Brown: 76ers are a 'high-level' free agent away from title contention
Brett Brown thinks his Philadelphia 76ers are just one piece away from becoming legitimate championship contenders.
The Sixers coach said Friday in his season-ending press conference that his team needs to add a "high-level" free agent to have a real shot at winning a title.
"At some point, when the time is right, I think we need help to win a championship," he said, according to ESPN. "If that's the goal - and for me, and us, it is - then that's the answer I give."
Just days after being bounced in the second round of the playoffs, Brown indicated the 76ers "have the ability to attract" a star in free agency as an up-and-coming club boasting young talent, strong culture, and a great system. It certainly helps they're in position to possess requisite cap space to sign a big-name player. Philadelphia could clear $25 million in salary by renouncing the rights to free agents JJ Redick, Amir Johnson, Marco Belinelli, and Ersan Ilyasova and do some more maneuvering if necessary to accommodate a max-level star.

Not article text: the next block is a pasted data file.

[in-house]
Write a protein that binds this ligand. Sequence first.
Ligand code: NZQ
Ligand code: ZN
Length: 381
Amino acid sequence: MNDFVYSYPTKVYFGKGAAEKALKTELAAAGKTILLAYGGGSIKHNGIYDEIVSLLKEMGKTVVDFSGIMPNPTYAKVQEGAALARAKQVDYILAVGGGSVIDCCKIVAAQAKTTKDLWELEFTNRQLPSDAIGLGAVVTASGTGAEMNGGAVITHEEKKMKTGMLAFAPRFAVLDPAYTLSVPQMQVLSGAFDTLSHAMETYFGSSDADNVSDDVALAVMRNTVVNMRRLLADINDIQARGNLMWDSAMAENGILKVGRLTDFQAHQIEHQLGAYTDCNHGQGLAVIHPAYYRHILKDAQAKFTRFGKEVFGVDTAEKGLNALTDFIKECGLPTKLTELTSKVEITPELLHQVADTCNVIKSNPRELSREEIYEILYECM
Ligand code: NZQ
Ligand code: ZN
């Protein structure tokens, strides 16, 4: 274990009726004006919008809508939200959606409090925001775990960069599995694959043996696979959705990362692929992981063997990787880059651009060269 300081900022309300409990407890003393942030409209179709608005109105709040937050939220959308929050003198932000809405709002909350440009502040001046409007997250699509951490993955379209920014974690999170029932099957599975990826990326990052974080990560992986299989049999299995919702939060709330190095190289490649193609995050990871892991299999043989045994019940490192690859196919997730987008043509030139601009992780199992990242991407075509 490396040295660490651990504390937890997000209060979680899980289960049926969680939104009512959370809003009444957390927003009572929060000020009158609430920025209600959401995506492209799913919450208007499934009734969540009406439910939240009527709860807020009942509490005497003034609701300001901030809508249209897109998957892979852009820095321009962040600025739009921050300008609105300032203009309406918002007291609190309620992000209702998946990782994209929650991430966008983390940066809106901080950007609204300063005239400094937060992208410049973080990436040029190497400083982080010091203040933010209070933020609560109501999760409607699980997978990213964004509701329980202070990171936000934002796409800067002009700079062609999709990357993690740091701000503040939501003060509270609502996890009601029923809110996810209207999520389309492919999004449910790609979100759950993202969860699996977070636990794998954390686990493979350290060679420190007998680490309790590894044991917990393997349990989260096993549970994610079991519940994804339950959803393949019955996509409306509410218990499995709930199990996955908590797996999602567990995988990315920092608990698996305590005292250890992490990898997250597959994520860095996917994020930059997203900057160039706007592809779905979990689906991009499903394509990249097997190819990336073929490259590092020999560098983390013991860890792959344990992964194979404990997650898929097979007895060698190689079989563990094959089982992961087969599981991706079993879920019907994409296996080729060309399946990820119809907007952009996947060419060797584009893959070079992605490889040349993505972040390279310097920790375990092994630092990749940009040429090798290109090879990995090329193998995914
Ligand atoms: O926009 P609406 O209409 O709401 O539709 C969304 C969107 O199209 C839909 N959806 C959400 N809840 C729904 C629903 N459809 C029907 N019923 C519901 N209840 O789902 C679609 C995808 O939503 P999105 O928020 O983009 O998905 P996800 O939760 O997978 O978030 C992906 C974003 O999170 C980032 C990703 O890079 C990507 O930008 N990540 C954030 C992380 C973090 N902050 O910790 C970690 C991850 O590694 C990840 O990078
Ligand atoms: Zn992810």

General manager Bryan Colangelo echoed Brown's sentiment, saying his staff will explore all options for "adding talent" via trades and free agency. Neither he nor Brown named any names, but Cleveland Cavaliers superstar LeBron James and Oklahoma City Thunder wing Paul George are both expected to hit free agency this offseason. San Antonio Spurs forward Kawhi Leonard could also become available via trade.
Brown acknowledged the Sixers' timeline to contend has changed following four years of futility - dubbed "The Process" - which afforded them much of their current core. Led by two possibly generational talents in Rookie of the Year frontrunner Ben Simmons and All-Star center Joel Embiid, Philly made its first postseason appearance since 2012 and looks poised to compete for many years to come.
"Our expectations have changed and that's a good thing," Brown said. "... I love the direction that we're heading all over the place. We're on to something special here."